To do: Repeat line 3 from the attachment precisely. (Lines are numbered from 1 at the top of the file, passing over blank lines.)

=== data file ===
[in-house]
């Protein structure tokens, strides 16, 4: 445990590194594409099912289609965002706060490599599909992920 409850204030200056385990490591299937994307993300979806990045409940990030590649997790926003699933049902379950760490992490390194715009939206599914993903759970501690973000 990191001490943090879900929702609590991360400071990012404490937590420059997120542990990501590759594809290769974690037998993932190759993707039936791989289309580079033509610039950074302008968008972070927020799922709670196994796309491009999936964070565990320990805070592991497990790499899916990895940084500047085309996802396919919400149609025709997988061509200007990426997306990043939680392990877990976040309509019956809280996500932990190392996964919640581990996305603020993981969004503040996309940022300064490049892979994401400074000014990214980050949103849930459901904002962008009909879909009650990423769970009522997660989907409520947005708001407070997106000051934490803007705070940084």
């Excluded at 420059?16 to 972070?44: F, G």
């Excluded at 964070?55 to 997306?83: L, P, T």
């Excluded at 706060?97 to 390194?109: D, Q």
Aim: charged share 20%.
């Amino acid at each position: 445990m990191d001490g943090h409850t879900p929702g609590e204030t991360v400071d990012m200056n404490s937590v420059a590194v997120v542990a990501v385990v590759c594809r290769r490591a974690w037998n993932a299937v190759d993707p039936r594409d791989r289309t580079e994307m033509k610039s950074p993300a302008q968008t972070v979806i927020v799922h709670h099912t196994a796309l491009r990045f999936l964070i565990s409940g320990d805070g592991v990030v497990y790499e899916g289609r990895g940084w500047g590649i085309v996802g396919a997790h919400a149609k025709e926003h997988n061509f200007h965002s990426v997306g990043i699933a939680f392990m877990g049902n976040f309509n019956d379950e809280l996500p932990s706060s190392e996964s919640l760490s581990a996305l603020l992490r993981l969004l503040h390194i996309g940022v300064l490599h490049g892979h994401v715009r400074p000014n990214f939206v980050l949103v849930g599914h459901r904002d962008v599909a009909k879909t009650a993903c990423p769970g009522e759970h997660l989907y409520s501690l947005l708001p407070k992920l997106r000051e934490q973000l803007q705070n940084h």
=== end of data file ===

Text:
């Excluded at 420059?16 to 972070?44: F, G």